Our Parliamentary System: A Brief Outline

 

                        India, a Union of 28 States and 7 Union territories is a Sovereign, Socialist, Secular, Democratic, Republic governed by a republican Constitution that came into force on 26 January 1950.  The Constitution envisages a parliamentary form of Government.  The Executive is responsible to the elected representatives of the people.  The President of India is the Constitutional head of the Union.  The Constitution provides for a Council of Ministers with the Prime Minister as the head to aid and advise the President who, in the exercise of his functions, acts in accordance with such advice.  The Indian governmental system has been described as federal in form but unitary in character.  It, in fact, is a federation with certain strong unitary features.  The legislative power is divided between the Parliament and the State Legislatures.  However, residuary powers are vested in the Parliament.

The Constitution provides for an independent Judiciary, Comptroller and Auditor-General, Public Service Commissions – both at the national and the State levels, Election Commission and single and uniform citizenship.  The Constitution offers all citizens some basic freedoms known as Fundamental Rights.  It also lays down certain Directive Principles of State Policy which, though not justifiable, are ‘fundamental in the governance of the country’.

The executive power of the Union is vested in the President and is exercised by him either directly or through officers subordinate to him in accordance with the Constitution.  In the exercise of his functions, the President acts in accordance with the aid and advice of the Council of Ministers.  The President is elected for five years by an electoral college consisting of elected members of both the Houses of Parliament and Legislative Assemblies of States in accordance with the system of proportional representation by means of the single transferable vote.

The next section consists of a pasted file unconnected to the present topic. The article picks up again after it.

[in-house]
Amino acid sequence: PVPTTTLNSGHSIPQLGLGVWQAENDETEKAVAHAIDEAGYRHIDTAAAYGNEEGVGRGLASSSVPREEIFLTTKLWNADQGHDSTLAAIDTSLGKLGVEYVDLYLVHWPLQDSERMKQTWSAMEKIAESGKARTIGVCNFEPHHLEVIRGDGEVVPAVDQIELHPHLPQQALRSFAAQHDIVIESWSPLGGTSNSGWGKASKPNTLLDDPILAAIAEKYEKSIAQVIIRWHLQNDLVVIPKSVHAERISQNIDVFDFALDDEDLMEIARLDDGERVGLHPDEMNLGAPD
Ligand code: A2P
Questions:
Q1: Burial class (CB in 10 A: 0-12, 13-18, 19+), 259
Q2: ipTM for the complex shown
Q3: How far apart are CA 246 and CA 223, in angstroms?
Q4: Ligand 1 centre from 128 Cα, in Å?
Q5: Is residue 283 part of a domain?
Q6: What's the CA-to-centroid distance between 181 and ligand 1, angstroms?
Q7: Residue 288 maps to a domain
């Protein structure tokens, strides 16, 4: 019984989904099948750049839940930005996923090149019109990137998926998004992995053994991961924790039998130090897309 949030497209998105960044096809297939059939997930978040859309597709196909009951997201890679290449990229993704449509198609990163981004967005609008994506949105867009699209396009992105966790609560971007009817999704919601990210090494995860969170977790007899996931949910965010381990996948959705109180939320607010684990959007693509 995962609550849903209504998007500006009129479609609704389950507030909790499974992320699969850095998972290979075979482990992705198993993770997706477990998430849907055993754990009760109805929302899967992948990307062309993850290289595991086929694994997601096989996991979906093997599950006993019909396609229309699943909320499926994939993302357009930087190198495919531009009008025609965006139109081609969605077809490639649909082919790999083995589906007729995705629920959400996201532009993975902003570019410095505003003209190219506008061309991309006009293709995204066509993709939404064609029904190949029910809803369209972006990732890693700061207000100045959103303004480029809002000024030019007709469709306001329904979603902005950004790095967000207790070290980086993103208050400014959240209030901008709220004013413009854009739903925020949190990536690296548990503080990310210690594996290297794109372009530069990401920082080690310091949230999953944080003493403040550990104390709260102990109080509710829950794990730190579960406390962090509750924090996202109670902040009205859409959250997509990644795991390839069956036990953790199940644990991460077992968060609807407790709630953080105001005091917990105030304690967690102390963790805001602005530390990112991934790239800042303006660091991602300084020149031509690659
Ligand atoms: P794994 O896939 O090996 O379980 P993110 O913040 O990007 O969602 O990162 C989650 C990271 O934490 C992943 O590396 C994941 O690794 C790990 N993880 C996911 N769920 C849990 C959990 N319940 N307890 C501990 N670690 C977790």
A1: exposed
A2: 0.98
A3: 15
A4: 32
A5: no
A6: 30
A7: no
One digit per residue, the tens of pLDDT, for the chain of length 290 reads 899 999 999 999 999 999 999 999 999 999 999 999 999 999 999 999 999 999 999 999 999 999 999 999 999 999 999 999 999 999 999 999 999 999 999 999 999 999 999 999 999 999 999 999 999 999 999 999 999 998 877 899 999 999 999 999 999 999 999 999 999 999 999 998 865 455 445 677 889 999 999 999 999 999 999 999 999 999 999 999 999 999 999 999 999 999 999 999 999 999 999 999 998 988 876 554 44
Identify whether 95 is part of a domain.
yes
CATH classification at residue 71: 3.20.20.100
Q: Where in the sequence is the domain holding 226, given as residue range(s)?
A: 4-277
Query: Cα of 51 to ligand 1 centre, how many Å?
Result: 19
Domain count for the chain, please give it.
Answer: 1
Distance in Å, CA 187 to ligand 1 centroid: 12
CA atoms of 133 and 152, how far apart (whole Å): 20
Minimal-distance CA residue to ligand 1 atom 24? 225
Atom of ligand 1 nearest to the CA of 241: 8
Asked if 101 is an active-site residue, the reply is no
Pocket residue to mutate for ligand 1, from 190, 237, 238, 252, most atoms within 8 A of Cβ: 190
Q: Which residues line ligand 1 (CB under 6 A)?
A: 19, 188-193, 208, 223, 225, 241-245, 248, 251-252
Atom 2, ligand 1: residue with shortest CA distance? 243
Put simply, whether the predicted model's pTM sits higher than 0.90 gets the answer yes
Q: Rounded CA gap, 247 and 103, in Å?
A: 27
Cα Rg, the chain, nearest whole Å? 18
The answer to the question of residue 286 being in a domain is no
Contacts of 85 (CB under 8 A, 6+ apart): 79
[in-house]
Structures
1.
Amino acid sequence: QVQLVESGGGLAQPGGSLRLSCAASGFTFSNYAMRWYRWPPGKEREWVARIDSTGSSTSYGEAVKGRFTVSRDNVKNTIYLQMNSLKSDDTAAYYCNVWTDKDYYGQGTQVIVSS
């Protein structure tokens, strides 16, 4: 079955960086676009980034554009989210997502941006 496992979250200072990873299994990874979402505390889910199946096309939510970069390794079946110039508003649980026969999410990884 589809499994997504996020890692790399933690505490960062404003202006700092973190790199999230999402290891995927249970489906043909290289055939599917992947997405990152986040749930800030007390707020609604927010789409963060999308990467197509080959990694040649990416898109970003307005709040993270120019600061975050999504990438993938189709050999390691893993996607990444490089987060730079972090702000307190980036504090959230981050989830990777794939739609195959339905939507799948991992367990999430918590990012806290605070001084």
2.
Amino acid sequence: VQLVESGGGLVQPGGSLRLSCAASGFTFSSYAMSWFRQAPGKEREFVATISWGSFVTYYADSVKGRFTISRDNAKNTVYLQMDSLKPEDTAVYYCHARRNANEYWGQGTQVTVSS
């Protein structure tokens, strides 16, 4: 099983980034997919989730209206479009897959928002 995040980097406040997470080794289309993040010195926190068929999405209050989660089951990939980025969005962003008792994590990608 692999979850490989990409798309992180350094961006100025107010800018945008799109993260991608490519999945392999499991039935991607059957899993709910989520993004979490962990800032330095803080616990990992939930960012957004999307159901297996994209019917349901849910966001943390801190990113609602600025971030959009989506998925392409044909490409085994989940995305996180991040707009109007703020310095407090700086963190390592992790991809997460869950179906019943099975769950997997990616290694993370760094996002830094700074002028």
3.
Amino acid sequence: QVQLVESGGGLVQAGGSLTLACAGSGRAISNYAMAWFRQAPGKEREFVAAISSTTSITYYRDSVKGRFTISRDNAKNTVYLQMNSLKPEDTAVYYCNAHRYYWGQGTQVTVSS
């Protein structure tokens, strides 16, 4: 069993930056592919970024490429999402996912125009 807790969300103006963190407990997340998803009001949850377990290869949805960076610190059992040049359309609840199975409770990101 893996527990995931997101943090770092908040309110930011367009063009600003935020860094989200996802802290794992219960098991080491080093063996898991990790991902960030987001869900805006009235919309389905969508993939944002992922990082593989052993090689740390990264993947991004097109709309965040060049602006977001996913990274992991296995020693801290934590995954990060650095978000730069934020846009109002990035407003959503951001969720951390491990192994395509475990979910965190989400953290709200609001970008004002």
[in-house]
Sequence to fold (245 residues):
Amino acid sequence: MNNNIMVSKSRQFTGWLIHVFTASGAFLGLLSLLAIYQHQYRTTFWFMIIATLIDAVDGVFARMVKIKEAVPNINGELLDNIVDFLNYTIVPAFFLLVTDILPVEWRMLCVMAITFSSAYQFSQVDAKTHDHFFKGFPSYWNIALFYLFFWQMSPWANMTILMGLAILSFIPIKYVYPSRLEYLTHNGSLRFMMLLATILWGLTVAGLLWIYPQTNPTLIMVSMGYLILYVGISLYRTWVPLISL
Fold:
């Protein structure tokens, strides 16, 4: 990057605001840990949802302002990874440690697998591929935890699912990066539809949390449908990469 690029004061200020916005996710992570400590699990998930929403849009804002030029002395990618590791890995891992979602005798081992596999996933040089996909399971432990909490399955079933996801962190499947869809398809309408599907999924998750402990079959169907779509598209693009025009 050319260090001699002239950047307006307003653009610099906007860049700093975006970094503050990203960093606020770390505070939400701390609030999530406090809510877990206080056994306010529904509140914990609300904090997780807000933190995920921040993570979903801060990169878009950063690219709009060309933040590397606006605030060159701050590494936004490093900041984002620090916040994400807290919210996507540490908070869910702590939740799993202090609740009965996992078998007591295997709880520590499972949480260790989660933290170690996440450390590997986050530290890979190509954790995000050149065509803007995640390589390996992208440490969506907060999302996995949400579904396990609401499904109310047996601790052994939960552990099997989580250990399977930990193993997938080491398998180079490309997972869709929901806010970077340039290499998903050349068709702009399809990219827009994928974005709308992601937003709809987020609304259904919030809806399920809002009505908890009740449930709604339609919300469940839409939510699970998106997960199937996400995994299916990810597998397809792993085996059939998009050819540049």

The Constitution also provides for a Vice-President of India.  The Vice-President is elected for a term of five years by an electoral college comprising members of both the Houses of Parliament in accordance with the system of proportional representation by means of the single transferable vote.  The Vice-President is also the ex officio Chairman of the Rajya Sabha (the Council of States).  

            There is a Council of Ministers headed by the Prime Minister to aid and advise the President in the exercise of his functions.  The Prime Minister is appointed by the President who also appoints other Ministers on the advice of the Prime Minister. The Council of Ministers is collectively responsible to the Lok Sabha (the House of the People) and it remains in office so long as it enjoys majority support in the Lok Sabha.  In the event of losing this support, the Council of Ministers has to bow out of office and pave the way for an alternative one.

 

The Union Legislature called Parliament, consists of the President and the two Houses, viz. the Council of States (Rajya Sabha) and the House of the People (Lok Sabha).  The Rajya Sabha at present has 245 members.  Of these, 233 members represent the States and Union territories whereas 12 members are nominated by the President.  The members of the Rajya Sabha, representing States are elected by the elected members of the Legislative Assemblies of the States in accordance with the system of proportional representation by means of the single transferable vote.  Members representing the Union territories are chosen in such manner as the Parliament may by law prescribe.  The Rajya Sabha is not subject to dissolution; one-third of its members retire every second year.